Thursday, 31 January 2013

Mixed News

The Good News.

I've been worried that I've not seen any hinds for some weeks. An incident after Christmas when a vehicle had been used to knock a gate over left us remembering that there are some very unpleasant examples of low life around. Since then the spell of real winter meant it was not so easy to get around in the secret places where they might be expected to shelter.

Now this morning a small group was seen keeping very close to the edge of the wood. Better still the young calf with the devoted mother was among them.

The Bad News

SWT have been meddling again. They have brought in a tractor to cut the heather and bilberry ostensibly to create two firebreaks. It's not just that this is a waste of time. It's also gross and ugly.

Wednesday, 30 January 2013

Those People Again

Another year and another brace of A4 laminated notices from Sheffield Wildlife Trust. It would be nice not to have to mention SWT again. If only we could ignore them. There have been  times when it’s been almost possible to ignore them. When their grazier took off his cattle and sheep and there was a hiatus in their conservation crap and crop management, a sense of beauty descended on the place, the deer made the most of it and were in constant occupation. When they take their long Christmas and Easter vacations and forget about the place demonstrating that their stewardship goes only as deep as the money they can make out of Blacka,  then we seem temporarily back to the halcyon days before they arrived.

It’s not just that they are annoying --- they are actually deeply, even spiritually, disturbing because of their being so disconnected to all the values that some of us have always held dear. How else should one describe a group who are incapable of empathising or sharing one’s sense of natural beauty.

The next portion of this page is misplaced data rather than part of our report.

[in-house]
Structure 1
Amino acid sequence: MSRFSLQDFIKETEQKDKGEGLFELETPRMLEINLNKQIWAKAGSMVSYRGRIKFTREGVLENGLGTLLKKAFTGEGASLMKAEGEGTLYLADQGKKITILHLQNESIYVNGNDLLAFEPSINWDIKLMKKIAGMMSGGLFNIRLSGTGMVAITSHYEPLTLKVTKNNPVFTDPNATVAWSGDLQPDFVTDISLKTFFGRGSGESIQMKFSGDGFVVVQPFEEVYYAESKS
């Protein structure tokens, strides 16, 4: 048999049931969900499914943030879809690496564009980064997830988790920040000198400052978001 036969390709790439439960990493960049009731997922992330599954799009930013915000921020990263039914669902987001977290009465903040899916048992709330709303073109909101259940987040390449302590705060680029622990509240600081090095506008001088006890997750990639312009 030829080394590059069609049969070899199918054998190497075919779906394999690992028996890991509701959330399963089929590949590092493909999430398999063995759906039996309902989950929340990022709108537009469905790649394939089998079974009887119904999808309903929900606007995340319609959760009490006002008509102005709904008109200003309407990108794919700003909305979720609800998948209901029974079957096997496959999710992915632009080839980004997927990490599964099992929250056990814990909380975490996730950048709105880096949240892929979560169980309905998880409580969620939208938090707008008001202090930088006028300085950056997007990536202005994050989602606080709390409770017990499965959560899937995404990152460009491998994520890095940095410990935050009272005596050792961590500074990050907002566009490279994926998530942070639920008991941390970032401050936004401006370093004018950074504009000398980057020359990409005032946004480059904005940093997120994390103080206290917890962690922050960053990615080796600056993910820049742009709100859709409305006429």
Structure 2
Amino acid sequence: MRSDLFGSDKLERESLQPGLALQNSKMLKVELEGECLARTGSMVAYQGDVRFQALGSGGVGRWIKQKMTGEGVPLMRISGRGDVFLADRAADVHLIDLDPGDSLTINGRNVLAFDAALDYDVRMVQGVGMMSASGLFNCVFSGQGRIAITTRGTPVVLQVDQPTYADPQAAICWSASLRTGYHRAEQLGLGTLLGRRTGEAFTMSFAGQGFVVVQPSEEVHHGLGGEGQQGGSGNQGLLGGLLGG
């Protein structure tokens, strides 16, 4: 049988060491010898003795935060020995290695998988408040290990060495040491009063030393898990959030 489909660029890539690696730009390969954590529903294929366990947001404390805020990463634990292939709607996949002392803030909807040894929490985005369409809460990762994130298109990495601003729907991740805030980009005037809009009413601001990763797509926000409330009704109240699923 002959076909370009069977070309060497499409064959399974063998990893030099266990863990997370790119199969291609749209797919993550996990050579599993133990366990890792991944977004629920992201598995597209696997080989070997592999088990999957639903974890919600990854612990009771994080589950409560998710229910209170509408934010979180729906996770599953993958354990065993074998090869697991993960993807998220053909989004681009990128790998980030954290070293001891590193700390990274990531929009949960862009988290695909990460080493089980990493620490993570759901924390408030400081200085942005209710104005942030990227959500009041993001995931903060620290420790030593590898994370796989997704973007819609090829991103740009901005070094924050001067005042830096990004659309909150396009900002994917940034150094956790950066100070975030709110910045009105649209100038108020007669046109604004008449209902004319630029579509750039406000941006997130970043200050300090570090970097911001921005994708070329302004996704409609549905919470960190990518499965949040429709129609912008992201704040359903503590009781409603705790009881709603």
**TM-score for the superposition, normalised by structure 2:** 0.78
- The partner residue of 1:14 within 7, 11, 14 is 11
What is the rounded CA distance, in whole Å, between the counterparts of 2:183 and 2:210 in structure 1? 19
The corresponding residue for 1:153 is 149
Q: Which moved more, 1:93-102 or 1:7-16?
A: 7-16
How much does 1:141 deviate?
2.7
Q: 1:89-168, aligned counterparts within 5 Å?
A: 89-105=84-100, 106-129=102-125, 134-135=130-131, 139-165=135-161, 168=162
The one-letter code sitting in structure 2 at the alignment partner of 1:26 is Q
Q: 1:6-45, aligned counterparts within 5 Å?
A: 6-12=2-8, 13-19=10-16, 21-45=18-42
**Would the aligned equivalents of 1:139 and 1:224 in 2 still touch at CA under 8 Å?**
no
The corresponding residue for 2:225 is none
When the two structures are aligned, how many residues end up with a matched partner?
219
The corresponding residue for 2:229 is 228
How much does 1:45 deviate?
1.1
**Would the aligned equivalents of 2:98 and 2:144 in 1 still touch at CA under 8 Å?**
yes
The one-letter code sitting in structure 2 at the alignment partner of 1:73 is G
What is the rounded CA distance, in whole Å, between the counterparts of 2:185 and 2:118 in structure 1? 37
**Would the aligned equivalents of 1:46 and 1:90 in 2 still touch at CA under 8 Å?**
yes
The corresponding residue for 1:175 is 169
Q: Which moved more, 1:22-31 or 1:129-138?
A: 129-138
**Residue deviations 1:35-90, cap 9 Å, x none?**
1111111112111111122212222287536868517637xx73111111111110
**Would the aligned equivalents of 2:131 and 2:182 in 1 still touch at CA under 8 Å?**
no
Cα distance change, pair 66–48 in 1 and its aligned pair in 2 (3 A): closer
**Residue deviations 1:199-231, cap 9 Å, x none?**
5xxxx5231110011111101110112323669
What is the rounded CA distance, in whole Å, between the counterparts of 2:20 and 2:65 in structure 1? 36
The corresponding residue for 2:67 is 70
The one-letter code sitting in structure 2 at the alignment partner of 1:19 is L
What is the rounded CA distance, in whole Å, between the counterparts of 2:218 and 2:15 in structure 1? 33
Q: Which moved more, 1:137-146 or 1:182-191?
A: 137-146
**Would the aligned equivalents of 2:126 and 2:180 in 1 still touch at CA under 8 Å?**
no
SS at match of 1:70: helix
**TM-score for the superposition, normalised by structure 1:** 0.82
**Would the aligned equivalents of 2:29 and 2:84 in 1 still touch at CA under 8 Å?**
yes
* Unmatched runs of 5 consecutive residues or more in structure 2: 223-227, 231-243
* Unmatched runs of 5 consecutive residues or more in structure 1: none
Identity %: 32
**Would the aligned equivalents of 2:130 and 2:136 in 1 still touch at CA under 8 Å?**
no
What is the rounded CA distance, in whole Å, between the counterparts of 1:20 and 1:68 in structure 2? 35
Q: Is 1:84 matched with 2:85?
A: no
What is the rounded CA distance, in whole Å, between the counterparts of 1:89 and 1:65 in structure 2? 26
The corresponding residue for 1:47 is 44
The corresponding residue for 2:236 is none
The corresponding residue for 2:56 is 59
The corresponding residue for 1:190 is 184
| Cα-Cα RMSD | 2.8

That Sheffield Wildlife Trust are aliens whose barbarian streak means they don’t share our values is of course true. So is the fact that there can be no engagement because no communication is possible without some common understanding.  But if only we could dismiss them from our thoughts. That is their true horror: they simply do not go away.  Civilisations  come and go but the barbarous seems always to be not far off.   The abject failure is one of education and vision. They simply do not have the eyes to appreciate what is worthwhile. They are in fact an outlandish species for whom there is more joy in a cowpat and a barbed wire fence than in the exhilaration of wild nature because of … because of what? … because of an idea or it could be seen as a doctrine. It’s something that’s been drilled into their susceptible minds. That idea corresponds to a creed that's articulating the driving force for everything they do: it can be summarised as: all land must be managed, it must not be allowed to express its own identity. Not far from the premise of all authoritarian regimes.

Snouts and Troughs

Some follow up information on the previous post and the comments below it.
Richard Benyon is the government minister responsible for Wildlife Management, National Parks, Biodiversity and other matters which impact on those concerns regularly voiced here. He's probably the very last person one would choose if a more natural landscape is wanted. He doesn't like people to know about it either.

Tuesday, 29 January 2013

Lobbying by Invitation

When Natural England decided to review its policies in relation to the uplands last year there were 54 invitations sent out requesting responses. A large part of the uplands is in public ownership of one sort and another. Much of that in private hands is also in receipt of a considerable state subsidy, especially if sheep are put on the hills. It's interesting to see the list of those invited. It includes the following many of which overlap considerably so can confidently be expected to respond in almost identical ways. There's also a good chance that many of the same people are members of several.

British Association for Shooting and Conservation
Burning Group  
National Gamekeepers Organisation
Country Land and Business Association
Game and Wildlife Conservation Trust
Heather Trust
Moorland Association 
Moors for the Future 
National Common Land Stakeholder Group including:
Federation of Cumbrian Commoners
Federation of Yorkshire Commoners and Graziers
Pastoral Alliance
National Farmers’ Union
National Sheep Association
South West Uplands Federation
Tenant Farmers Association
The Grasslands Trust
Upland Hill Farmers
Upper Teesdale Grazing Forum